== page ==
My wife and I rarely miss a Carbon Leaf show that comes our way. In fact, I could find you at least four previous concert reviews I’ve done for their shows, but I’ll settle for one. Needless to say, they’re an awesome act, full of warm personalities and funny moments. But I’ve never had the pleasure to try my hand at giving them the full-on concert photography treatment, so it seemed like a no-brainer when I heard they were playing down the street from me at Baltimore Soundstage. Here’s my review and picture gallery of that evening, April 15, which saw the band joined by a new trio, Me And My Brother.
“Grammatically incorrect and not actually related” states the little black and white info card I picked up from Me And My Brother’s merch stand. And so it is, three solo artists [Carl Anderson / Schuyler Fisk / Sam Wilson] who happened to be touring alongside one another last Fall found themselves pulled together by an overwhelming bond. It’s quite impressive that they’ve written a good deal of songs together in the short time since. The modest group stood before us and laid out largely acoustic, folksy tunes (with a little electric inflection courtesy of Wilson), even joined by Carbon Leaf’s resident mandolin player, Carter Gravatt, and drummer Kurt Leon for two separate songs. As of yet, the group hasn’t released an album of their unified efforts, but I purchased Carl Anderson’s solo album, Risk Of Loss, which possessed an air that reminded me vaguely of Warren Zevon (though dialed back on the L.A. cynicism). While the trio was laid back and reminded me of sitting on the porch with family on a warm Summer’s evening, songs like “Champagne and Reefer” gave me cause to pause and chuckle.
It’s been a long time since I’ve been to a Carbon Leaf show in which I wasn’t seated at a table enjoying dinner and a nice drink. While those holiday shows are always special and dear to me, the energy displayed last Saturday gave way to an entirely different atmosphere. One difference was a disco ball which ricocheted rays across the crowd and band in a stunning display of dancing starlight. Every song could have been confused for a sing-along, as the audience knew these tunes by heart. Old favorites like “What About Everything?” and “One Prairie Outpost” from Indian Summer are obvious, but even the intimate one-mic rendition of “Two Aging Truckers,” from the more recent Constellation Prize, received the audience’s choral treatment. And the laughter of the band was infectious and spread throughout the night, such as the moment when vocalist Barry Privett disappeared for a few seconds and guitarist Terry Clark sneakily entered the center-stage spotlight for his newfound role as lead singer. Privett returned the favor, as you can see below, by rocking out with some very sweet air guitar.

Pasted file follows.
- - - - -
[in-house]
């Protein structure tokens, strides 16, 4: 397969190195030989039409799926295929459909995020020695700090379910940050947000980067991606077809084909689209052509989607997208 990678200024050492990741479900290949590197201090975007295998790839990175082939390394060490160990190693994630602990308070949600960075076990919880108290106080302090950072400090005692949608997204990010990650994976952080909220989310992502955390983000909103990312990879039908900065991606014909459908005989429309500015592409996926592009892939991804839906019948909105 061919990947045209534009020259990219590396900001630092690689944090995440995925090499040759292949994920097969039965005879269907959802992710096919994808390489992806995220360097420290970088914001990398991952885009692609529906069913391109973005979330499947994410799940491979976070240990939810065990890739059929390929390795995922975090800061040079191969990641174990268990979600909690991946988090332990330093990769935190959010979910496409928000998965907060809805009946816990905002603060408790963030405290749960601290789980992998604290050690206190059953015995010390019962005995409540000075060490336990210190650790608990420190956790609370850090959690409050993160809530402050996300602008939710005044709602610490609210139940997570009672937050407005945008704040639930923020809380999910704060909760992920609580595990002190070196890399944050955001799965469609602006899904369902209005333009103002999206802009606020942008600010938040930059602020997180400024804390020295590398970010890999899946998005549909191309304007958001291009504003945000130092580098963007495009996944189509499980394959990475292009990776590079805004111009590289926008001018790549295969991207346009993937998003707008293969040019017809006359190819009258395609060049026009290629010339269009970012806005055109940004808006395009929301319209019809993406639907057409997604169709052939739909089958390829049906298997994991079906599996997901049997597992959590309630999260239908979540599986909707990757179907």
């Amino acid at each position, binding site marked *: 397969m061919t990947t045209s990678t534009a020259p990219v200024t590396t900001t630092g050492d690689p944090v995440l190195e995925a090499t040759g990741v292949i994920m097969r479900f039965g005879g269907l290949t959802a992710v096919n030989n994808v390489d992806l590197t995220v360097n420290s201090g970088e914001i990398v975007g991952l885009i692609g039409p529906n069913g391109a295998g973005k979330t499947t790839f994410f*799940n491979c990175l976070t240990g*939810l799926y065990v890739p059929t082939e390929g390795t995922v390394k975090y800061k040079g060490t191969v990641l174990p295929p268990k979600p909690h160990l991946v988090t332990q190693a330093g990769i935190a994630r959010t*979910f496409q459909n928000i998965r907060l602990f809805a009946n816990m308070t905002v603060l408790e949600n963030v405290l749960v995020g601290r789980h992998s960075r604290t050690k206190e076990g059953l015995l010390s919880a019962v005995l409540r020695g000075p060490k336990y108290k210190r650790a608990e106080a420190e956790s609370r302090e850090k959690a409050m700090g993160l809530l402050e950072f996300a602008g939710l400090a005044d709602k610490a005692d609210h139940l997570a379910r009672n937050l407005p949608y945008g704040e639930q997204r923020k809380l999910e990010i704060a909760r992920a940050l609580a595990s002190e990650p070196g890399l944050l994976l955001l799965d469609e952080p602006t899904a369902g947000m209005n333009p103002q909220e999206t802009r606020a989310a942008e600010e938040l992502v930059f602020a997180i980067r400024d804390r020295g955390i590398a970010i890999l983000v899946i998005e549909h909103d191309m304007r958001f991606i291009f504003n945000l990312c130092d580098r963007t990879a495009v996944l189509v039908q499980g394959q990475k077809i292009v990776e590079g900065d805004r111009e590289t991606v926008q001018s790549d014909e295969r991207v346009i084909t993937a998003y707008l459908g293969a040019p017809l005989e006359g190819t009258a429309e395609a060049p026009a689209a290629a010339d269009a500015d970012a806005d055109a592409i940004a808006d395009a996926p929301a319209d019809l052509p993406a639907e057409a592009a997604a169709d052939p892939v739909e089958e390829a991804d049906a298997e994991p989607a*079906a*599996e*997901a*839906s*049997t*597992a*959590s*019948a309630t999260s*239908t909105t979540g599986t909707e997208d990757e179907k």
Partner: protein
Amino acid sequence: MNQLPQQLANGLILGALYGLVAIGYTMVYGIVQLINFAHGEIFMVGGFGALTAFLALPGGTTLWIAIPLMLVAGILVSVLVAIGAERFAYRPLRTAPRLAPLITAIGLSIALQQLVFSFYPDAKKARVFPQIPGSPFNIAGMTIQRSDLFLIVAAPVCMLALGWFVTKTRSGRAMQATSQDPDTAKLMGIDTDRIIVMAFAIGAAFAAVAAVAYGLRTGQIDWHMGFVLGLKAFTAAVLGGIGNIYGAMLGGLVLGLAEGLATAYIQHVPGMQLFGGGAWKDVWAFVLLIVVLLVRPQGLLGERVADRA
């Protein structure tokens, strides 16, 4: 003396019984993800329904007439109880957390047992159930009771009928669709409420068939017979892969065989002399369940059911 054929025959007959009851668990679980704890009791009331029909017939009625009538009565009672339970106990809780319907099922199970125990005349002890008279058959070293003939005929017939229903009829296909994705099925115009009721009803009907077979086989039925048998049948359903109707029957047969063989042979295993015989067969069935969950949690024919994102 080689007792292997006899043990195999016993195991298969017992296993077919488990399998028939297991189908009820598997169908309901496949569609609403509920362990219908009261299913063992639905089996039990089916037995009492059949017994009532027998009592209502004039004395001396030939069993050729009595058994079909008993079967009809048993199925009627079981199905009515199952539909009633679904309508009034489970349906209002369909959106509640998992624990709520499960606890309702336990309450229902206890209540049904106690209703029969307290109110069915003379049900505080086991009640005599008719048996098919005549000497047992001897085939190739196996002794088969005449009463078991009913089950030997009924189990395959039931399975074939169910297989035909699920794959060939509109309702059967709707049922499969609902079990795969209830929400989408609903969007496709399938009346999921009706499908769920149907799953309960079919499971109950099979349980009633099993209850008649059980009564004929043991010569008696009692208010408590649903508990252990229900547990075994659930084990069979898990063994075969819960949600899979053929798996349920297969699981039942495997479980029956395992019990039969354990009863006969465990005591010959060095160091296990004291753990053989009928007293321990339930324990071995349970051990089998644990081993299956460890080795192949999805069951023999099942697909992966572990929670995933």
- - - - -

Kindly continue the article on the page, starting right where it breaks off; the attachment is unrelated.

As the band left the stage at the end of the night, chants of “One more song!” emerged from the crowd. Not long afterwards, Privett returned once more, jumping off the front of the stage and planting himself alongside the concert-goers, joining in their chant. He quickly became unhappy with the lack of the band’s response, and began booing the others. The crowd erupted in laughter, and a smile slipped across his face, climbing back onto stage for the closing track, “Let Your Troubles Roll By.” After the show, the band made their way to the merch table, talking and signing things for fans until it was closing time. I can only imagine how many conversations they accumulated amongst themselves before the night was over. But every fan who stuck around was a happy camper, and I assure you, you will be too if you have the chance to catch this fine group of men in concert.